Design protection: Patents aren’t the only IP protection out there

If you have a great idea, you immediately think “how can I protect it?” We need to look at what exactly our innovation is. If it is an original concept, such as a cure for malaria, then that is something we should patent. If however it is an enhancement of an existing product then we can protect it equally effectively by applying for design protection. This is a potentially cheaper and quicker option than patent protection. Please note this is a vast and complex field. It is well worth taking advice if your business takes you into this sphere.  How does it work? A design covers the form and outside appearance of the item. A design needs to be produced by an industrial process. Designs can be protected in two ways:

       
  1. Aesthetic. These are designs which have an ornamental or aesthetic appeal solely to the naked eye.   This could be the shape or surface or the colour, the pattern, the ornamentation and/or the configuration of these elements. Jewellery would be an example.  You have 15 years of protection in this category.  Your design needs to be original.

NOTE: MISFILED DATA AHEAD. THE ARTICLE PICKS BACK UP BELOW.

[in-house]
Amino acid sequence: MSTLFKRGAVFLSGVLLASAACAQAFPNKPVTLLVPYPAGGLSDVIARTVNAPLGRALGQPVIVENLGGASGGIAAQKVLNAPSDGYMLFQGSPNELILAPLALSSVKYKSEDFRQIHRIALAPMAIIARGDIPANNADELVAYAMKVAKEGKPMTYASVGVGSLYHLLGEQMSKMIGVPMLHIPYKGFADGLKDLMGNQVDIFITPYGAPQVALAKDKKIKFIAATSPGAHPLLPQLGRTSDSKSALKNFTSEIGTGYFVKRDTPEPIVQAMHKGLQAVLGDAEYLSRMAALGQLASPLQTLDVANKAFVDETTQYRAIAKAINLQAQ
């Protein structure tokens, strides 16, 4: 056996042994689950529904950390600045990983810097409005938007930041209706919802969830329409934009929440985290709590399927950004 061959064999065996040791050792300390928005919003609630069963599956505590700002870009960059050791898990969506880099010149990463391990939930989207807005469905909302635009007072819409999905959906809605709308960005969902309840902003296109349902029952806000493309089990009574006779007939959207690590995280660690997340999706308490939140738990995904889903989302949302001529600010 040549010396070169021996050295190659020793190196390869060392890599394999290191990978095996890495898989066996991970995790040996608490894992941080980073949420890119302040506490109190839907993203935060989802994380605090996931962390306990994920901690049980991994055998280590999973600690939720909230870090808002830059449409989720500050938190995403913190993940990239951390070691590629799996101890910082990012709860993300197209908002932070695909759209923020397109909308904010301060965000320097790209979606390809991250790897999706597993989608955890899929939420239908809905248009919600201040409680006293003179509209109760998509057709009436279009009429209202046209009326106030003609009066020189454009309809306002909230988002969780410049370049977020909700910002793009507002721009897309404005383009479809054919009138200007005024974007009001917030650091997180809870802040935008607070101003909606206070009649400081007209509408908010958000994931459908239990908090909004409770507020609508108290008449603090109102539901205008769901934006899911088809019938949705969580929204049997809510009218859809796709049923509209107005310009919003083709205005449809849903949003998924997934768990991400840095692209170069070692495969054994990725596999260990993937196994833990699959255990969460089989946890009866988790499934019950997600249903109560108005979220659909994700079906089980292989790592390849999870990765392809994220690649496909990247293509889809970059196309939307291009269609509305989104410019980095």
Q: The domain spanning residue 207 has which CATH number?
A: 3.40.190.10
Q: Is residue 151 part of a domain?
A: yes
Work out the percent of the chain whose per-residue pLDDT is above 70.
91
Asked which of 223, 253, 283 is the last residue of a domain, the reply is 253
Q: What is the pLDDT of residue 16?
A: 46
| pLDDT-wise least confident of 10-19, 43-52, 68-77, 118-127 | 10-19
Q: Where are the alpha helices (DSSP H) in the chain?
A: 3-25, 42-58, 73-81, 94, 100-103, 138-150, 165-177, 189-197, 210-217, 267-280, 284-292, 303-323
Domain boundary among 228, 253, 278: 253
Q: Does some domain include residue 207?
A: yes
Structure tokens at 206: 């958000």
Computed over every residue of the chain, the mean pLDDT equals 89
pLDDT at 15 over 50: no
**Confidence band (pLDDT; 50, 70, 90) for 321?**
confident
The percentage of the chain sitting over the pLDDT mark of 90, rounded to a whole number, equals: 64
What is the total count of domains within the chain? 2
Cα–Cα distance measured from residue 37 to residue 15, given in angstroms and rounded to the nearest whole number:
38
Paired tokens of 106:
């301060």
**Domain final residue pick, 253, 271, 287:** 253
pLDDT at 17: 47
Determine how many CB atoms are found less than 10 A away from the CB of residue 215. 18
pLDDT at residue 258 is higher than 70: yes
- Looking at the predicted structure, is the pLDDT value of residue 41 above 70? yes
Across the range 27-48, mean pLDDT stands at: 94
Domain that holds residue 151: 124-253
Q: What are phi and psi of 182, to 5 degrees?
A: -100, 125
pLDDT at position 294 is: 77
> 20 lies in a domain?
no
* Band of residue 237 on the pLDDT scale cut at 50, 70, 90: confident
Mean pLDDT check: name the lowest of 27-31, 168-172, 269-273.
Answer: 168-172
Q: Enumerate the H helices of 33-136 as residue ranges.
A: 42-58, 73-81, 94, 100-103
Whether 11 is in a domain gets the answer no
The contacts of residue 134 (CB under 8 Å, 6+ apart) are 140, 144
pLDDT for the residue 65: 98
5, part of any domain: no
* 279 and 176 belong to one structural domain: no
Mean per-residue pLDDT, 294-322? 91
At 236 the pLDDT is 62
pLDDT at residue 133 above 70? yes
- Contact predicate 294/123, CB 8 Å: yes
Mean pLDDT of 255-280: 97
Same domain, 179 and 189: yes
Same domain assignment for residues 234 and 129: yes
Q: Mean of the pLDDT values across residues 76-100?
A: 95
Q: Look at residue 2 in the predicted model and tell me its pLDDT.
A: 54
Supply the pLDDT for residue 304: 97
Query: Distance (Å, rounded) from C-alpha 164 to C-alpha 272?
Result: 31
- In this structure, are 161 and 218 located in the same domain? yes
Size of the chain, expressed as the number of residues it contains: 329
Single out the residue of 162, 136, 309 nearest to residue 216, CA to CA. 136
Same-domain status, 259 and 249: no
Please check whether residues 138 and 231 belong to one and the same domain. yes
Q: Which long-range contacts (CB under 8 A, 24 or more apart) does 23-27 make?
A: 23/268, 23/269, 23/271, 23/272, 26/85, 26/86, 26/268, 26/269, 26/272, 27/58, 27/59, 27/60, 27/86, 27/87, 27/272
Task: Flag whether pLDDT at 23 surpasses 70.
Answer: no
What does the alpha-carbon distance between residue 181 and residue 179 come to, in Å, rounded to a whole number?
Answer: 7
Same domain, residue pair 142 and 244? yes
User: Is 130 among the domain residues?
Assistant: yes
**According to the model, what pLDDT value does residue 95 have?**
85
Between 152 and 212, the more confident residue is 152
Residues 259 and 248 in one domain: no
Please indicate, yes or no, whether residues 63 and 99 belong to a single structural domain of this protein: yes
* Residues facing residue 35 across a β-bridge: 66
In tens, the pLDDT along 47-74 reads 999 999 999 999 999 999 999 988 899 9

1. Functional.  You can protect shapes, patterns and/or configuration necessary to the functioning of the article.    A screwdriver with an ergo-dynamic handle is an example of functional design.  Functional designs get protection for 10 years. These designs need to be new and not commonplace. The more unique they are, the better the legal protection.

What options are available and how does design protection compare with patent protection? You can, in the right circumstances, cover both aesthetic and functional designs. This will involve two sets of costs should you go this route. One other attractive feature of design protection is that the product can be on the market for six months before applying for design protection. With patents, you must file before the item is launched. It is possible and sometimes desirable to apply for both patent and design cover.  Designs are cheaper and faster to obtain versus patents. They are also simpler to enforce than patents and you are more likely to get design cover than patent cover. © DotNews, 2005-2013. This article is a general information sheet and should not be used or relied on as professional advice. No liability can be accepted for any errors or omissions nor for any loss or damage arising from reliance upon any information herein. Always contact your financial adviser for specific and detailed advice.

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